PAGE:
The California Clean Boating Network consists of a collaboration of government, environmental, business, boating, and academic organizations working to increase and improve clean boating education efforts in California. Through the exchange of information and consideration of new trends in clean boating practices, CCBN members increase their ability to educate the boating public about clean boating practices.
The Need for Boater Education
There are approximately one million boats registered in California. While most boaters appreciate the natural resources that abound in the watersheds in which they boat, many are unaware of the impacts boating can have on those resources. Water pollution problems associated with boating include discharges of oil, fuel, sewage, trash, fishing line, toxic cleaning and maintenance products, bottom paints, gray water, and invasive aquatic species. Members of the California Clean Boating Network (CCBN) believe that the contribution of pollution from boating to California’s waterways can be significantly reduced by educating boaters about the impacts of boating and about environmentally sound boating techniques.
Who Participates in the CCBN?
CCBN members include environmental organizations, academic institutions, marine businesses, marine and boating associations, harbor patrol officers, port district commissioners, city and county officials, state agencies, the USCG & Auxiliarists, the US Power Squadron, National Estuary Projects, and others interested in boating education throughout the state.
Changing Tide Newsletter
The Changing Tide newsletter is the quarterly publication of the California Clean Boating Network (CCBN). The newsletter is dedicated to promoting clean boating practices in California by focusing on new trends in clean boating practices and environmental services for boaters. Each issue also showcases great boating destinations throughout California.
To order paper copies
of the current Changing Tide newsletter,
The current issue is Spring 2013.
Here are the previous issues of Changing Tide:
- Winter 2012
- Summer 2012
- Spring 2012
- Winter 2011
- Summer/Fall 2011
- Spring 2011
- Winter 2010
- Summer/Fall 2010
- Spring 2010
- Winter 2009/2010
- Summer/Fall 2009
- Spring 2009
- Winter 2008
- Summer 2008
- Spring 2008
- Winter 2007
- Summer 2007
- Spring 2007
- Winter 2006
- Summer 2006
- March 2006
- September 2005
- Volume 6, Issue 2, 2005
- Spring 2005
- December 2004
- March 2004
- Volume 8, Issue 2, 2004
- Volume 6, Issue 1 2003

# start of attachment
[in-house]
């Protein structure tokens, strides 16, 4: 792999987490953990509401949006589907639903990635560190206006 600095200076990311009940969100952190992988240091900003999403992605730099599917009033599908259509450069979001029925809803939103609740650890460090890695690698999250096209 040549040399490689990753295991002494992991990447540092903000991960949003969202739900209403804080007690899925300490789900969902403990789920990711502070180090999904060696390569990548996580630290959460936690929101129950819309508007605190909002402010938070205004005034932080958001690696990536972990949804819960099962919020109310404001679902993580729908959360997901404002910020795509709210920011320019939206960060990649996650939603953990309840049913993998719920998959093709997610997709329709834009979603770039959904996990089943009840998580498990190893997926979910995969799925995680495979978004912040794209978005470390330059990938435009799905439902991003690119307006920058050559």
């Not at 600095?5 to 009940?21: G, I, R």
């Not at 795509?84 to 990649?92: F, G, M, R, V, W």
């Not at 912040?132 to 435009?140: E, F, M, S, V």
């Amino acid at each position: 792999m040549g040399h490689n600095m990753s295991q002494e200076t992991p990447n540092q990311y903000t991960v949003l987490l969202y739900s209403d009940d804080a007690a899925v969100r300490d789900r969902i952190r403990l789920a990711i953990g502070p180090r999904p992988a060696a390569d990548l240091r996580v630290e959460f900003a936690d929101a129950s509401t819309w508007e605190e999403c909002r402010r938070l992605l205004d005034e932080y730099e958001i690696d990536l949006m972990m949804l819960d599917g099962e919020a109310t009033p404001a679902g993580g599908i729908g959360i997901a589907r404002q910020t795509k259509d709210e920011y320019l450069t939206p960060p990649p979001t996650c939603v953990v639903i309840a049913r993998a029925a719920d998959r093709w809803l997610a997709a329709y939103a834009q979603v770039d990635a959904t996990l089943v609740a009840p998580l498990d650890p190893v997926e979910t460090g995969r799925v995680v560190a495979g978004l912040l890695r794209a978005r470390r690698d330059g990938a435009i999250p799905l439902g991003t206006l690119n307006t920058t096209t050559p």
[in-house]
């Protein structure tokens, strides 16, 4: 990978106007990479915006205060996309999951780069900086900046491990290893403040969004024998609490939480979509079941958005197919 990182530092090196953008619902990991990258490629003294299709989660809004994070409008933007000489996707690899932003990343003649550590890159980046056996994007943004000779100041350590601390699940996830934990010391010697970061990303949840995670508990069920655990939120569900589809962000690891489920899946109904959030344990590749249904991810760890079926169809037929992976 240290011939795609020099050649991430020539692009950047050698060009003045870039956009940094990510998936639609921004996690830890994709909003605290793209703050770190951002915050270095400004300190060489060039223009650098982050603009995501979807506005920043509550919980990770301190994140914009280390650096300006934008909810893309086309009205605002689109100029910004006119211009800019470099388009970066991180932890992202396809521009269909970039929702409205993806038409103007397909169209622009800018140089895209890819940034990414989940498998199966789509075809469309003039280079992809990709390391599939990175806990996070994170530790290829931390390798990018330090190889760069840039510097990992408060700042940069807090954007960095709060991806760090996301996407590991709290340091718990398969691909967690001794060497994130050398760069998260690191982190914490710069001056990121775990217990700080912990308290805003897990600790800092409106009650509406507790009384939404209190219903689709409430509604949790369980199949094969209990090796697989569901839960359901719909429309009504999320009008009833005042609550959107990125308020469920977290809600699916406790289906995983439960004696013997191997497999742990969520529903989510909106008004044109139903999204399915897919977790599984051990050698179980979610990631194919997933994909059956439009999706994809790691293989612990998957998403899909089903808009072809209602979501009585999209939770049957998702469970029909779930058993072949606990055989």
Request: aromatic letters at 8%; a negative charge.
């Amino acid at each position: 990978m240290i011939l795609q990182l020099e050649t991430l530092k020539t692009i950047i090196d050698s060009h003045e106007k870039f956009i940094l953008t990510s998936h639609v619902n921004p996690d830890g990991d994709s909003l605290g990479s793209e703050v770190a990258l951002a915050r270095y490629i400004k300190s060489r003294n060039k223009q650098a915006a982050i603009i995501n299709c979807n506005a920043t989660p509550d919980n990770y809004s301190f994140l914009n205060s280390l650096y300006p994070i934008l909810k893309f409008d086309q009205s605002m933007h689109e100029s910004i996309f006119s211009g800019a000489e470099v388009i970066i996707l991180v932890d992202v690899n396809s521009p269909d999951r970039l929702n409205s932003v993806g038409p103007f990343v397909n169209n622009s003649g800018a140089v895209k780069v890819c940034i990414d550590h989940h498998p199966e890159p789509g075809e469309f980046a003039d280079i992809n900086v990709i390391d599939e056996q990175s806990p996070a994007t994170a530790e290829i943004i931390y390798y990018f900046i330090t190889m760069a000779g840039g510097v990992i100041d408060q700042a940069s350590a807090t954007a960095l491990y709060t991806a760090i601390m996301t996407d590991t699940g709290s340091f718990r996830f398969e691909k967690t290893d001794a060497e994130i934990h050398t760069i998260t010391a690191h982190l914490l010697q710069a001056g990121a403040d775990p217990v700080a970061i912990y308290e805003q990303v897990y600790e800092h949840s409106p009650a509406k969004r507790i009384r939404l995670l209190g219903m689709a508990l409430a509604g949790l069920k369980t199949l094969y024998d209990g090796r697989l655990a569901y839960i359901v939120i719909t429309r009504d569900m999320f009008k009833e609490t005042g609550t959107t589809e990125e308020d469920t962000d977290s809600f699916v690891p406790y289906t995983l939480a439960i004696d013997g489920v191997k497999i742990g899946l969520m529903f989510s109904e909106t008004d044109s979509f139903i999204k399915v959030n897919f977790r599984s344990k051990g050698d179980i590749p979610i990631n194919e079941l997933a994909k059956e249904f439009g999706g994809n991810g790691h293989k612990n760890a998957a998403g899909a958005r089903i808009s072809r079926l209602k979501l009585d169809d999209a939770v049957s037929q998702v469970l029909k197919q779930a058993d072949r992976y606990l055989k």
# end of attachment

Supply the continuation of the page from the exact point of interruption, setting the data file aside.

- Winter 2001-02
- Volume 5, Issue 2, Fall 2001
- Fall 2000
- Volume 4, Issue 2, Summer 2000
- Volume 4, Issue 1, 2000
Projects in the CCBN Action Plan
The CCBN "Action Plan" proposes a number of projects, some of which have already been completed. Projects include:
Catalog of Marina and Boater Pollution Education Materials. This catalog provides an easy way to obtain educational materials.
A list of oil and sewage disposal facilities, and other environmental services in California marinas. Available on the website.
Point of Purchase Displays. CCBN members have collaborated to education boaters through information posted at marine supply shops
Dockwalkers. CCBN member organizations exert “pier pressure” by training boaters to teach other boaters to be better environmental stewards.
Boat Show Outreach. CCBN members collaborate to provide education at boat shows throughout California.
San Joaquin Chapters
California Coastal Commission
California Department of Boating and Waterways
|Southern CA Chapter
Santa Monica Bay
Here are some photos from previous California Clean Boating Network Meetings!
Invasive Species Workshop (Stockton, March 20, 2008)
On March 20, 2008 The Keep the Delta Clean Program, the California Coastal Commission and the California Department of Boating and Waterways’ Boating Clean & Green Program, U.S. Fish and Wildlife Service, University of California Cooperative Extension - Sea Grant Extension Program, California Department of Fish and Game and the Stockton Sailing Club conducted an Invasive Species workshop.
Workshop participants learned how to:
Protect the quality of recreation and aquatic ecosystems
Identify aquatic invasive species,
Understand their economic costs and operational impacts
Inspect trailerable boats to prevent the spread of invasive species in the Sacramento-San Joaquin Delta and California waterways.
See the presentation slides from the California Department of Fish and Game and the Fish and Wildlife Service and from the California Department of Boating and Waterways.